Neurology Central

What do we know about eye movements in Alzheimer’s disease? The past 37 years and future directions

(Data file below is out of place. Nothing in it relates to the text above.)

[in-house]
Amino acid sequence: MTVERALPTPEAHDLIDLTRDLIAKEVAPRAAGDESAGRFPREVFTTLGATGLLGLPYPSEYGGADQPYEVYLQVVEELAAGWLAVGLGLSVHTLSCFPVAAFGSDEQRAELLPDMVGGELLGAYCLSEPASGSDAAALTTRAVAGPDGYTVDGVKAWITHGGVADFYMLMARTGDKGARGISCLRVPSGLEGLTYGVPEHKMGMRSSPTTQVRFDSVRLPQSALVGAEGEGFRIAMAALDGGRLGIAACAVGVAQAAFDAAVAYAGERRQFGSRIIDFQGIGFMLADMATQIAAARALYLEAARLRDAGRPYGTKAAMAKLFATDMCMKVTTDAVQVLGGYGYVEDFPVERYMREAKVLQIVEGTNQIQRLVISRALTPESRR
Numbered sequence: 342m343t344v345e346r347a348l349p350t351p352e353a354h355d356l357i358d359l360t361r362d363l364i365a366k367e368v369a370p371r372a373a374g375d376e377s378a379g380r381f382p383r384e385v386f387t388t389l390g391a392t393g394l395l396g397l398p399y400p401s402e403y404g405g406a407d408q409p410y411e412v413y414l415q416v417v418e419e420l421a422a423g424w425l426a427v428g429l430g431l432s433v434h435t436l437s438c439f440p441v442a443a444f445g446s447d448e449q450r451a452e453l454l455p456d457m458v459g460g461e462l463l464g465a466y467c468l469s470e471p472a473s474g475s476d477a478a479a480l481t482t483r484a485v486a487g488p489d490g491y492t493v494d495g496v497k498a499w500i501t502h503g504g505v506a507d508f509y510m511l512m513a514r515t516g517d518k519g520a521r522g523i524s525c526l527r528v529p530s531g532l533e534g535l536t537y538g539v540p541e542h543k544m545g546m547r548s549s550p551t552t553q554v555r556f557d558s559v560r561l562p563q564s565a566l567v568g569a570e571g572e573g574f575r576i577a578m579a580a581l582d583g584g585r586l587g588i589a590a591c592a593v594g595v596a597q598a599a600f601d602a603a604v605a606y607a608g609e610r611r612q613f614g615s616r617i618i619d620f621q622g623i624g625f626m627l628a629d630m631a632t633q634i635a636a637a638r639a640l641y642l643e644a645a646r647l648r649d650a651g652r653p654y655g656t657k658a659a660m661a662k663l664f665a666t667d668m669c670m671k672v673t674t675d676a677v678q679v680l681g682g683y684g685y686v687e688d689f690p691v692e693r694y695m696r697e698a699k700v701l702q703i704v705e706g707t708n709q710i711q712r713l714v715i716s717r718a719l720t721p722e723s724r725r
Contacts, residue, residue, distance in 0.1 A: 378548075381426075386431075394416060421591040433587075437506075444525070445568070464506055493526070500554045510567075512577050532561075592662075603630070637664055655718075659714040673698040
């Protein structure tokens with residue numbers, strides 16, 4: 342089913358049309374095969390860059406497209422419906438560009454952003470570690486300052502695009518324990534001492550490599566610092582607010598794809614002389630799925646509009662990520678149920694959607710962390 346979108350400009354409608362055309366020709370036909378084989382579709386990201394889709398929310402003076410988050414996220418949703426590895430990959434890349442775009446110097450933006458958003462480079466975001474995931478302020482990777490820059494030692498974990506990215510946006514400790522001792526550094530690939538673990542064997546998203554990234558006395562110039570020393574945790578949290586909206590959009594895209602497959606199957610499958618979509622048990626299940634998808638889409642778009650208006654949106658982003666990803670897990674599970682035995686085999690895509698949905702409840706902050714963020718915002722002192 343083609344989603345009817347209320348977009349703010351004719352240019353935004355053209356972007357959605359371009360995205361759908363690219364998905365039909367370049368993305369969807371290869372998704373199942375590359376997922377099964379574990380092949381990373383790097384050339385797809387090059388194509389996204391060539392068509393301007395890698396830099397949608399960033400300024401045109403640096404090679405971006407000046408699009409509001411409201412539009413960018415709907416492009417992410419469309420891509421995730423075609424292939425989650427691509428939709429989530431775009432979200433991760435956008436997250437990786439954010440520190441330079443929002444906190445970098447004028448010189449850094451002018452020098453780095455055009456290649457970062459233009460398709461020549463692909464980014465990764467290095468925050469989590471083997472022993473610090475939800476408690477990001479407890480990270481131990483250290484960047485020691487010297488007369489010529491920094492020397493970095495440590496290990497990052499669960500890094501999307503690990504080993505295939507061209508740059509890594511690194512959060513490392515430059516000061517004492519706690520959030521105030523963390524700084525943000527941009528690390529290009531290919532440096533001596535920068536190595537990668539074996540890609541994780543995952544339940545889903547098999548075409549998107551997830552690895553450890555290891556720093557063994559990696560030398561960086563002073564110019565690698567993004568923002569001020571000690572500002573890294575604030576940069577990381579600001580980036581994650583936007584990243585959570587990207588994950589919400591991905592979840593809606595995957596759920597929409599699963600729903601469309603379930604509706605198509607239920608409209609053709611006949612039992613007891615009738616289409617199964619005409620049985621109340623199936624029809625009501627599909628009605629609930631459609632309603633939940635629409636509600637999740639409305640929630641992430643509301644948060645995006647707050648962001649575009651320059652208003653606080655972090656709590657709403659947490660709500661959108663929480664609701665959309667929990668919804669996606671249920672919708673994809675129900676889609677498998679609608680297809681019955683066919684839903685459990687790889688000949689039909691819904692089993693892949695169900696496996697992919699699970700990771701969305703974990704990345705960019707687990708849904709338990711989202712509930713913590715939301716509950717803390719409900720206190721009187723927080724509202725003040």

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The goal of this Biomarkers in Medicine Editorial is to exhaustively describe our current knowledge of eye movements in Alzheimer’s disease (AD) in the field of neurology. To achieve this goal, 97 publications from the MedLine® database were examined as a result of crossed ‘Alzheimer disease’ and ‘eye movements’ subheadings. I discarded 12 review articles (for recent and complete panoramas see [1,2]) and 12 other articles, which were insufficiently relevant to the subject (due to weak bibliometric indexing). Seven further articles were also dismissed as they focused on atypical subsets of AD (such as amnestic or not mild cognitive impairment, Balint syndrome, posterior cerebral atrophy). This literature restriction led to a set of 66 relevant publications (our 100% standard). It is noteworthy that 64 and 2 publications respectively concerned presumed (97.0%) and confirmed (3.0%) AD, giving us the measure of the progress to be made. Among the articles in presumed AD, 27 studies (40.9%) were performed in the field of oculomotor research, that is, eye movements were analyzed per se in order to determine eye movement indicators of AD presence or severity. In the remaining 37 studies (56.1%), eye movements were used to explore the different cognitive functions that may be impaired in AD from low-level vision to social cognition. I will present the results in AD as compared to healthy participants (throughout the text), before suggesting future directions for basic and clinical research and summarizing our knowledge of eye movement and cognitive markers of AD diagnosis and prognosis.
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